Still learning about hollyhocks

I think every day I learn a little more about hollyhocks. The frustration with regard seed names and seemingly different hollyhock seeds turning out to be remarkably similar (by that I generally mean they look the same to my none horticulturist eye) is probably top of my frustration list, but are there any other myths that could possibly be dispelled?

Well maybe. Obviously most of this is opinion, and with all things, including gardening, we are all entitled to our own.

Firstly one of the things most often said to me are – aren’t hollyhocks a lovely old fashioned flower. Now I always take that in the spirit its meant, but then do have to come back as to the danger of fashion, particularly in relation to plants. If an article of clothing goes out of fashion (which often only happen to convince you to buy more stuff you don’t need) then 20 years later when it apparently is “back in fashion” you can make more. You can’t do that with plants. If one goes out of fashion… it doesn’t get sold. People don’t propagate it, and it can be lost forever. So when I hear about fashion and plants, I may challenge that view 😉.

Then I hear hollyhocks love growing in cracks in the pavement – something oh so helpful if you are trying to improve on a national collection. Now putting aside the confirmation bias – in that plants growing in cracks are rather more noticeable – so when we see them we then think thats the ideal growing situation and its where they prefer to be (shhhh They don’t) it perhaps does give us an idea as to what an ideal position will be like. For me my national collection isn’t in an ideal position. But its the position I have, and I have to work with it. I think the crack in pavement can tell us this. Hollyhocks develop a long atop root and can find their own water source. That is true for ones I have grown in unwatered ground in a hot polytunnel. The crack also shows that actually if there roots don’t rock in loose earth in the wind, thats also idea. And of course they don’t necessarily like their feet in water. So whilst they can grow in cracks, Ive currently got Cosmos, verbascum and a few other plants also doing that here… but I’d you keep telling me thats their favourite position I will just say OK, yes it must be.. and in a quiet voice whisper “It isn’t”.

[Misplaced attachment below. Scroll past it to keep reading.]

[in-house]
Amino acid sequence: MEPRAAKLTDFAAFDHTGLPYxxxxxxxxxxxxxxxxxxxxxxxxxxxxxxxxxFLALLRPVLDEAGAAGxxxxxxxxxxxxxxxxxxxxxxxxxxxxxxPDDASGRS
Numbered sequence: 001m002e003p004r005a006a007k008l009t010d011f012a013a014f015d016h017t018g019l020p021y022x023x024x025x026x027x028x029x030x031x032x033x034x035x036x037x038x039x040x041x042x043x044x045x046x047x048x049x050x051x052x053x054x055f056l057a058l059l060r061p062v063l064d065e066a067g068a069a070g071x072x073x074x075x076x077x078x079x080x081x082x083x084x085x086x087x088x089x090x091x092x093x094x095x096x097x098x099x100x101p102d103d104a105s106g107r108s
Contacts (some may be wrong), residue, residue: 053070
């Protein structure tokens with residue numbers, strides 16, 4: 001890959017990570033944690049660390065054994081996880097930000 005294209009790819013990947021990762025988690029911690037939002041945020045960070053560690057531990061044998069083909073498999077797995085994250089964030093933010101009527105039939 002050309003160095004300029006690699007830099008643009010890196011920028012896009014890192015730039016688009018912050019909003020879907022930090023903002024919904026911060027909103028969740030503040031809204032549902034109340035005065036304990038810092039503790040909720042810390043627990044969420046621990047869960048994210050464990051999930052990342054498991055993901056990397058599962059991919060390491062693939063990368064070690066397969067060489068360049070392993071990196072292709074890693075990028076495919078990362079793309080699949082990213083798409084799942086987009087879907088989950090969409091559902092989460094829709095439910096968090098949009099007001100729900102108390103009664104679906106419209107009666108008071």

Then I also get told they are just so easy to grow. Another comment often meant in a nice way, but not what anyone wants to hear having put blood, sweat and as of yet no tears into this endeavour. Without a doubt they are one of the easiest plants to germinate. But then they can be the moist awkward of plants. Rust is an ever present danger for which there is no cure. This year I have phenomenally managed to keep it very much at bay. This is in all honesty probably not down to my endeavours but by chance, even when I assumed the weather over the last few weeks was the prime conditions for it. They also are big old beasts and in windy positions can be prone to flopping, snapping and generally looking appalling if not staked or tied. That being said, they are hugely rewarding, but easy (as in not much effort required) is not always a description I recognise.

Having said all of this, I would advise anyone to have a go, because as mentioned above, they can be hugely rewarding. And of course, don’t let anyone put you off, because we should all grow whatever gives us a bit of pleasure.

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